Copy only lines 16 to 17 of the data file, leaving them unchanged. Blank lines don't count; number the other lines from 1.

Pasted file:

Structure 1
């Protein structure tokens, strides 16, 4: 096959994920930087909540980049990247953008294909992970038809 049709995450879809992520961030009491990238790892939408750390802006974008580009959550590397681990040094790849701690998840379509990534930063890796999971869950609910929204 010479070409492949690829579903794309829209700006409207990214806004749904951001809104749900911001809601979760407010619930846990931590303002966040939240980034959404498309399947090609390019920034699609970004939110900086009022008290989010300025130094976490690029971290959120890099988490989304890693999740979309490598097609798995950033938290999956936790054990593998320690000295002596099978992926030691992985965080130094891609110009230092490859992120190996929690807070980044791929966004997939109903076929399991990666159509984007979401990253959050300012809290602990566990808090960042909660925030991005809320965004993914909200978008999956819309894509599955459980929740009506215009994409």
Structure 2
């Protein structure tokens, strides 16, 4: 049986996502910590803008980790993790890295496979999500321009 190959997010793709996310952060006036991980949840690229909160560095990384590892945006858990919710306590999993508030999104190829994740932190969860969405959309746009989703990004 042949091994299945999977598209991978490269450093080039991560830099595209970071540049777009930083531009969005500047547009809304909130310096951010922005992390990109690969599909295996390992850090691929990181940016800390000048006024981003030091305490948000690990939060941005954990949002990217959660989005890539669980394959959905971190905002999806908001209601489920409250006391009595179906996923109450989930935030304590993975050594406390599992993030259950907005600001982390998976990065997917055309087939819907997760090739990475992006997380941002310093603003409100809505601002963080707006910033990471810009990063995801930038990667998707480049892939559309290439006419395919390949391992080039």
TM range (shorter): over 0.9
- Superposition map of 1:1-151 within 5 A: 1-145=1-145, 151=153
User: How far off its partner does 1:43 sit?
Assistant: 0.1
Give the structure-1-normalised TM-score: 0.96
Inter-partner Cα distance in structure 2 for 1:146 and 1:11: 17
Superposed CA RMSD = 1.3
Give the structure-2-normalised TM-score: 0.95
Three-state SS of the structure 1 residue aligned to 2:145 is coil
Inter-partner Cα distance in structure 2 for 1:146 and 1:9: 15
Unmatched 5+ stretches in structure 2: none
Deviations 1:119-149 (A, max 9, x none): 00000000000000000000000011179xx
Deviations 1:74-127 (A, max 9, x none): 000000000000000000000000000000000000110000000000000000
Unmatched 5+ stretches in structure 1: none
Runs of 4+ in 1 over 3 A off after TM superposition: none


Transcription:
Deviations 1:119-149 (A, max 9, x none): 00000000000000000000000011179xx
Deviations 1:74-127 (A, max 9, x none): 000000000000000000000000000000000000110000000000000000